Posted by: Frederik Balfour on October 28, 2008
Here’s a quick quiz: Which Asian stock market has declined the least in the past two months? The answer is the Karachi Stock Exchange , which thanks to a “circuit breaker” that put a price floor on all shares on August 28, the index hasn’t moved since then. Since then, trading has all but halted. On Monday October 27, less than 250,000 shares traded hands.
When I spoke to Karachi Stock Exchange CEO and managing director Adnan Afridi about 10 days ago, the plan was to remove the floor and allow normal trading to resume by now. But the October 27 deadline has passed and things have been pushed back until the end of the month, ostensibly to give the government enough time to tee up a stock market stabilization package. worth about $600 million. That’s right, just $600 million, not billion. That may sound like chump change compared to the mammoth bailouts U.S. and European governments are coughing up, but Afridi says the package should do the trick. About 40% will be used to invest in seven state-owned companies [call it reverse privatization] and 60% will go to financing a put option available to foreign investors who can buy it to minimize further losses when the market goes south.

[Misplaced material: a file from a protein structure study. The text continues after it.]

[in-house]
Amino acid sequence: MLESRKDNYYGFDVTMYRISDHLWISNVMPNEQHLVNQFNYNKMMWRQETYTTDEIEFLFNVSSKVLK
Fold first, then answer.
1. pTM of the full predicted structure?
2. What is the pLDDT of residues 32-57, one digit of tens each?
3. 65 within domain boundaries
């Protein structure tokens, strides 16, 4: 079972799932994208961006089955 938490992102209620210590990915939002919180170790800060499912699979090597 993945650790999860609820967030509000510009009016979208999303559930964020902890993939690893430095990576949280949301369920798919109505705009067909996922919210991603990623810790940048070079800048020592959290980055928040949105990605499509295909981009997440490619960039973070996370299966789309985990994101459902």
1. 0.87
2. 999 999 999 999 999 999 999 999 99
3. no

What I can’t figure out is how they are going to price this put option. Considering the stock market has been in paralysis for two months while other bourses have plunged, the KSE has at least 30% to fall just to catch up with the rest of the pack. The KSE is only down less than 35% so far this year. But the longer the authorities delay the lifting of the price floor, the further things will fall once normal trading does resume. And then there’s an additional downside for the country risk—both because of its highly unstable security situation, and the fact that Pakistan may be just days away from seeking an IMF bailout.